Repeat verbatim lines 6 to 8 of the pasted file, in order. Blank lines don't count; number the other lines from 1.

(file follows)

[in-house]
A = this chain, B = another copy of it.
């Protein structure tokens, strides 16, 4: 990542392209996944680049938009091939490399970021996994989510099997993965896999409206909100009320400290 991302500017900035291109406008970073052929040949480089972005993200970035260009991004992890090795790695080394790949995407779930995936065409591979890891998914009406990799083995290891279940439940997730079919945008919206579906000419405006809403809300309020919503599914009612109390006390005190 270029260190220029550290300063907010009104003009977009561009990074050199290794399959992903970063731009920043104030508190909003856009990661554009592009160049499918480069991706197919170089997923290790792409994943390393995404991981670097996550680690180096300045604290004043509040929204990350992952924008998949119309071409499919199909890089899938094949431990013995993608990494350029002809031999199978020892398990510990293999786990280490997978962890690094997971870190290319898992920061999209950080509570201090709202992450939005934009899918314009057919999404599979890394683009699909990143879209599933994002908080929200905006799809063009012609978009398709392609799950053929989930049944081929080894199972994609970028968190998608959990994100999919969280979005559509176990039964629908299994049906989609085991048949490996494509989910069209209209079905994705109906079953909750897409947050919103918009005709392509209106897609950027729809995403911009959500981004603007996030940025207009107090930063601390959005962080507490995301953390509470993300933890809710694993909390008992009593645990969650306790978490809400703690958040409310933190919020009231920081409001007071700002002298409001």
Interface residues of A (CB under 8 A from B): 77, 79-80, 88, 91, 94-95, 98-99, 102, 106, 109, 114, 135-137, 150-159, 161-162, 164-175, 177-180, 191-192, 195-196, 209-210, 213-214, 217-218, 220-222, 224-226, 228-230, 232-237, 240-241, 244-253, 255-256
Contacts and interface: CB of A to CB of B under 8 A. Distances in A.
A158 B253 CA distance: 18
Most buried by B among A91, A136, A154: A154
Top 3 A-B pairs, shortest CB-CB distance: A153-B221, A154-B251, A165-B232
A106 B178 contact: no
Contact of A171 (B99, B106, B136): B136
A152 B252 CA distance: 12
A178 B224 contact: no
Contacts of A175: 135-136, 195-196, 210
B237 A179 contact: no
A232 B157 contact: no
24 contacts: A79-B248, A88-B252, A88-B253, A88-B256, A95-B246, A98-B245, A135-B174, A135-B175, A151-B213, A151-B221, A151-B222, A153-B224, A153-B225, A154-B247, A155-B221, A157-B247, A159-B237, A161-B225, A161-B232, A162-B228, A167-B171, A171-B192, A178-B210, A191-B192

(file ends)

A158 B253 CA distance: 18
Most buried by B among A91, A136, A154: A154
Top 3 A-B pairs, shortest CB-CB distance: A153-B221, A154-B251, A165-B232